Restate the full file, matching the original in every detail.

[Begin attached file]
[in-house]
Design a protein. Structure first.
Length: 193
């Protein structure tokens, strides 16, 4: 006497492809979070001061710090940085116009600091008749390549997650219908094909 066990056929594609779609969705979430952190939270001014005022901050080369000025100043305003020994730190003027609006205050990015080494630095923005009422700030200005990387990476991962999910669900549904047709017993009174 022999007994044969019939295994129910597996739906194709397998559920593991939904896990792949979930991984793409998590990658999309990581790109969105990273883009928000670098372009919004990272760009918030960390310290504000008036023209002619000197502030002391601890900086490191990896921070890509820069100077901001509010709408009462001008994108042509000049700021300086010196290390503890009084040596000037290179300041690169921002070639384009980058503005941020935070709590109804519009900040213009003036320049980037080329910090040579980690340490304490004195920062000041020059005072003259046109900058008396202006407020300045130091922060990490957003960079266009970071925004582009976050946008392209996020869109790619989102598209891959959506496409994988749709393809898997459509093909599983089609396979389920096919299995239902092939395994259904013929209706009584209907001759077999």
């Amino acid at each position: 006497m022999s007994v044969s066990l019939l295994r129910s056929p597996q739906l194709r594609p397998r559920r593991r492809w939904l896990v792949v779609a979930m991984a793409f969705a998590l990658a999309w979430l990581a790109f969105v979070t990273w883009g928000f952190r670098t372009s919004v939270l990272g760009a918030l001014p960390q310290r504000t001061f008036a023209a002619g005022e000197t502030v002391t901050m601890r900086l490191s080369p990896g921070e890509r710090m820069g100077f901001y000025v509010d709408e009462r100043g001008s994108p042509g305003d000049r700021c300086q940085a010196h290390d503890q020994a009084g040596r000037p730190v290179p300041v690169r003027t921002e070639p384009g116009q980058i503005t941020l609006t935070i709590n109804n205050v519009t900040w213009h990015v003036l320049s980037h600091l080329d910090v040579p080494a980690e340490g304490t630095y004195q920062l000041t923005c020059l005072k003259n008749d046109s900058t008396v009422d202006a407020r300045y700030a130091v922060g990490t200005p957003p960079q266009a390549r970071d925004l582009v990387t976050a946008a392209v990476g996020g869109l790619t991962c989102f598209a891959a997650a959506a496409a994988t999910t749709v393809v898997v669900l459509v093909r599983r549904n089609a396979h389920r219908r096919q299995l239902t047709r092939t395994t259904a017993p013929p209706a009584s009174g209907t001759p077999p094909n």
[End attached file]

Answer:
[in-house]
Design a protein. Structure first.
Length: 193
């Protein structure tokens, strides 16, 4: 006497492809979070001061710090940085116009600091008749390549997650219908094909 066990056929594609779609969705979430952190939270001014005022901050080369000025100043305003020994730190003027609006205050990015080494630095923005009422700030200005990387990476991962999910669900549904047709017993009174 022999007994044969019939295994129910597996739906194709397998559920593991939904896990792949979930991984793409998590990658999309990581790109969105990273883009928000670098372009919004990272760009918030960390310290504000008036023209002619000197502030002391601890900086490191990896921070890509820069100077901001509010709408009462001008994108042509000049700021300086010196290390503890009084040596000037290179300041690169921002070639384009980058503005941020935070709590109804519009900040213009003036320049980037080329910090040579980690340490304490004195920062000041020059005072003259046109900058008396202006407020300045130091922060990490957003960079266009970071925004582009976050946008392209996020869109790619989102598209891959959506496409994988749709393809898997459509093909599983089609396979389920096919299995239902092939395994259904013929209706009584209907001759077999």
């Amino acid at each position: 006497m022999s007994v044969s066990l019939l295994r129910s056929p597996q739906l194709r594609p397998r559920r593991r492809w939904l896990v792949v779609a979930m991984a793409f969705a998590l990658a999309w979430l990581a790109f969105v979070t990273w883009g928000f952190r670098t372009s919004v939270l990272g760009a918030l001014p960390q310290r504000t001061f008036a023209a002619g005022e000197t502030v002391t901050m601890r900086l490191s080369p990896g921070e890509r710090m820069g100077f901001y000025v509010d709408e009462r100043g001008s994108p042509g305003d000049r700021c300086q940085a010196h290390d503890q020994a009084g040596r000037p730190v290179p300041v690169r003027t921002e070639p384009g116009q980058i503005t941020l609006t935070i709590n109804n205050v519009t900040w213009h990015v003036l320049s980037h600091l080329d910090v040579p080494a980690e340490g304490t630095y004195q920062l000041t923005c020059l005072k003259n008749d046109s900058t008396v009422d202006a407020r300045y700030a130091v922060g990490t200005p957003p960079q266009a390549r970071d925004l582009v990387t976050a946008a392209v990476g996020g869109l790619t991962c989102f598209a891959a997650a959506a496409a994988t999910t749709v393809v898997v669900l459509v093909r599983r549904n089609a396979h389920r219908r096919q299995l239902t047709r092939t395994t259904a017993p013929p209706a009584s009174g209907t001759p077999p094909n």